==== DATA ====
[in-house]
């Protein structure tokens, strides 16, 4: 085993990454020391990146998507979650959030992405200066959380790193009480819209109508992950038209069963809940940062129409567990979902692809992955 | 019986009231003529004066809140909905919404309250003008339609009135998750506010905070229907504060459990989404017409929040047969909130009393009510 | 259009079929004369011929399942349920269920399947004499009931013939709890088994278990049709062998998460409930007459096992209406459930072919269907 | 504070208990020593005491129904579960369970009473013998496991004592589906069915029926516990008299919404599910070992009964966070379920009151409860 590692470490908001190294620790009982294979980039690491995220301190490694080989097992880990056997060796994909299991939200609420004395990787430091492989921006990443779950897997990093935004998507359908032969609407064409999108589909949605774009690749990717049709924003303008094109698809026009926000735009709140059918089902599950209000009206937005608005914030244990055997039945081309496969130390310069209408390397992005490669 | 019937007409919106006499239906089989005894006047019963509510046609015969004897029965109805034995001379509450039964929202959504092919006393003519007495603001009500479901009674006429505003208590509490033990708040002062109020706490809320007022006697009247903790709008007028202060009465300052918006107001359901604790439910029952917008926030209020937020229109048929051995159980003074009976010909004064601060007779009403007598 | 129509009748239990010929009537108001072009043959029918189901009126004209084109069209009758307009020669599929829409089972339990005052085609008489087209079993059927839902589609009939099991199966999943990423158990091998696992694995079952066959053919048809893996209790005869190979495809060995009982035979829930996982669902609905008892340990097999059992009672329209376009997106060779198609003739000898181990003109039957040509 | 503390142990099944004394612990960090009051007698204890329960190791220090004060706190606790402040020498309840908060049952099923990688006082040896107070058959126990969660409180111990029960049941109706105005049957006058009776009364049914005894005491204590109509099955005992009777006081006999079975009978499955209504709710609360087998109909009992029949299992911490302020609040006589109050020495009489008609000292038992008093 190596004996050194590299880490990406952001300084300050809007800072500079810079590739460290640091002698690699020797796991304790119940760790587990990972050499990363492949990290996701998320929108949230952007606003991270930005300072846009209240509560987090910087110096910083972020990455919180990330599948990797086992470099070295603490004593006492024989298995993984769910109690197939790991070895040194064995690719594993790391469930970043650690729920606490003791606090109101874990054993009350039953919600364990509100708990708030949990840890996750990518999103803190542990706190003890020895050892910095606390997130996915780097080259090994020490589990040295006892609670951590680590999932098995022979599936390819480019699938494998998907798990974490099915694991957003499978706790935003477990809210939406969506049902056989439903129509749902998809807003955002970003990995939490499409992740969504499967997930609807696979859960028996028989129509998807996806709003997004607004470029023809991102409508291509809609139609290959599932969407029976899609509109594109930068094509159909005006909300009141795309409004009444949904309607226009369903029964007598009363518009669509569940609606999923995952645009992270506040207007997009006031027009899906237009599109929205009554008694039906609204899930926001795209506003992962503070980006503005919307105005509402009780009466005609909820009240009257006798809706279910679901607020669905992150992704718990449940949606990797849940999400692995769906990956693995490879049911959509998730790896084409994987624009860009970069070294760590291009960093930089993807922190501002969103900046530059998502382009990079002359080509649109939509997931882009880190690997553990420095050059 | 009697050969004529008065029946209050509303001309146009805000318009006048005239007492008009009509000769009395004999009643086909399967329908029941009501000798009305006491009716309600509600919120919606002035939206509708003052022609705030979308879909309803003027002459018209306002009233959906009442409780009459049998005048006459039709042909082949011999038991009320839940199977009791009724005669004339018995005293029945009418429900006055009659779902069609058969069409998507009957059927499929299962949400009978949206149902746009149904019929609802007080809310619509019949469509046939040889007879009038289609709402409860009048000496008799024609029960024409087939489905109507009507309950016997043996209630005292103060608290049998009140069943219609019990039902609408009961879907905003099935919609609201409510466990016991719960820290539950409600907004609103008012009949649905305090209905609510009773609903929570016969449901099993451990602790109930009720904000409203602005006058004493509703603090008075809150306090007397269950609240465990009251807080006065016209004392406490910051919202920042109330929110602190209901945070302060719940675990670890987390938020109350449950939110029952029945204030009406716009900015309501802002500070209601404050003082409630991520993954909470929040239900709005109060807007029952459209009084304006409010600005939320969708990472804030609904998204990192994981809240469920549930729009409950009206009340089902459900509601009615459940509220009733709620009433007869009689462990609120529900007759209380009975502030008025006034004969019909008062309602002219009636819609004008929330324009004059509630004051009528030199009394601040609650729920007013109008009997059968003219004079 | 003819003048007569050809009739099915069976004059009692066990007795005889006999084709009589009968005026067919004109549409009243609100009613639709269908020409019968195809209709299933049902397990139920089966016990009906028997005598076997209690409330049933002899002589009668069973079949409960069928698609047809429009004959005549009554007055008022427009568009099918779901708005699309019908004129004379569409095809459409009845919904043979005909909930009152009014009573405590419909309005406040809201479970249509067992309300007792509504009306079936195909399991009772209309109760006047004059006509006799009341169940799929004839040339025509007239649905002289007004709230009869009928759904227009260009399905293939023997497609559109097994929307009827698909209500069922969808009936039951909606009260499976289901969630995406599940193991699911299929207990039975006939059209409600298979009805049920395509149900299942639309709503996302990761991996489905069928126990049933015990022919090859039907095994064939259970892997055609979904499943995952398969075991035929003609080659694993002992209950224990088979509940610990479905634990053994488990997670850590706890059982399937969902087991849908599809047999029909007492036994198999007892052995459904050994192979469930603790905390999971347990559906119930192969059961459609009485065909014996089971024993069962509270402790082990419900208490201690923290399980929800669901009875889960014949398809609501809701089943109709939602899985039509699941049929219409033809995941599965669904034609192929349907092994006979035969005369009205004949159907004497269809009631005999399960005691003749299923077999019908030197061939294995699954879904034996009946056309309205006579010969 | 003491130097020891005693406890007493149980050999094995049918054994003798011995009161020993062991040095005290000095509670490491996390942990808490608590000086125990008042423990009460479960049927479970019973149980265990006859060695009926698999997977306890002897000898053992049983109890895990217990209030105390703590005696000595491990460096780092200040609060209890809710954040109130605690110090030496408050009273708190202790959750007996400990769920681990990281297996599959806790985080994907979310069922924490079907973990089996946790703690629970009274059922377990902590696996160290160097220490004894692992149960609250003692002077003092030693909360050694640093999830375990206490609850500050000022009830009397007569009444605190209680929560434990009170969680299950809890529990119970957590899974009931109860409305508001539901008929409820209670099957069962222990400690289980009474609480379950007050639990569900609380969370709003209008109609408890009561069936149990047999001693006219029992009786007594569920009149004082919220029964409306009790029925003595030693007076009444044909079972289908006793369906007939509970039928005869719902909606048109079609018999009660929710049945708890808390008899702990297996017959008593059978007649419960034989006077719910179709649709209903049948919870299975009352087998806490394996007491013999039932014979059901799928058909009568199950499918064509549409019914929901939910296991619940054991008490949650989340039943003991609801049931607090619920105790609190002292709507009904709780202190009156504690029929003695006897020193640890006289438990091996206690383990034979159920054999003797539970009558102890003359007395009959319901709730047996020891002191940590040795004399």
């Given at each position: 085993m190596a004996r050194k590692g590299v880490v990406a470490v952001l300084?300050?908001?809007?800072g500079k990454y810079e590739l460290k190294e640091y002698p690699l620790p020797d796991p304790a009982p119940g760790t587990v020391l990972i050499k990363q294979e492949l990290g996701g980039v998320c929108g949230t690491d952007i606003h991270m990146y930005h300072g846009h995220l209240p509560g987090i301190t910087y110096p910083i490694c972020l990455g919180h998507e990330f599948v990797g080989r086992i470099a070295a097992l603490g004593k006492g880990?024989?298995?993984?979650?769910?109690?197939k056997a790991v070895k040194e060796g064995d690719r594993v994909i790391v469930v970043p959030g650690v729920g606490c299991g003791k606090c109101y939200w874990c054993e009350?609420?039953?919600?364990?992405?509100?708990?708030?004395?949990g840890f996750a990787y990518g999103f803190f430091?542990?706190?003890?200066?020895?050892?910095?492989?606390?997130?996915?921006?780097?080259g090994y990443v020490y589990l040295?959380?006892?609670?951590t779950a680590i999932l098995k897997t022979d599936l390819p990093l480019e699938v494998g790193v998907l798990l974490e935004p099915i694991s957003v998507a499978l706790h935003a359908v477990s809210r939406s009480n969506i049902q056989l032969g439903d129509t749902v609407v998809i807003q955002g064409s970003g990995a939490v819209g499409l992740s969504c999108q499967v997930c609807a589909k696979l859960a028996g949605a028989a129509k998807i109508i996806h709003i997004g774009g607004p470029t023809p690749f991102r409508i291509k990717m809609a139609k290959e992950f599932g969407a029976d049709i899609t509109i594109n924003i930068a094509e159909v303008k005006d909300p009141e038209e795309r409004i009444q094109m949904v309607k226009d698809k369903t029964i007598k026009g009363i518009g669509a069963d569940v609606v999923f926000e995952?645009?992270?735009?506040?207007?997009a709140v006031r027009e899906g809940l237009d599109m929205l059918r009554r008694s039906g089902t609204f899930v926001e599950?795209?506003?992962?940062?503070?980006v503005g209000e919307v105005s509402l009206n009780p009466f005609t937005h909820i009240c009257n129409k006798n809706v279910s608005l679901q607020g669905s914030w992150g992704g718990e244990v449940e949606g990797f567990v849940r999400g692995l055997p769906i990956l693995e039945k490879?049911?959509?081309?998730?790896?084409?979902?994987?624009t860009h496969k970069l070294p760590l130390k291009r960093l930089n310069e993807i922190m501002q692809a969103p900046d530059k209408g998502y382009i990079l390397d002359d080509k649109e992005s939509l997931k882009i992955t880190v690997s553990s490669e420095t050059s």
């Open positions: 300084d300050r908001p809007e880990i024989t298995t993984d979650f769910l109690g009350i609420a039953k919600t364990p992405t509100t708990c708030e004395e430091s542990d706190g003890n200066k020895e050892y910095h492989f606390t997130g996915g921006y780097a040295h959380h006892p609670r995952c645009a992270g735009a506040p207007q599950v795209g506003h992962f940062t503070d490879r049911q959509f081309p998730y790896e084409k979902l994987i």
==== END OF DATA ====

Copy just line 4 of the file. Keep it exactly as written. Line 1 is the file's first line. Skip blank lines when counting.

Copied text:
């Open positions: 300084d300050r908001p809007e880990i024989t298995t993984d979650f769910l109690g009350i609420a039953k919600t364990p992405t509100t708990c708030e004395e430091s542990d706190g003890n200066k020895e050892y910095h492989f606390t997130g996915g921006y780097a040295h959380h006892p609670r995952c645009a992270g735009a506040p207007q599950v795209g506003h992962f940062t503070d490879r049911q959509f081309p998730y790896e084409k979902l994987i």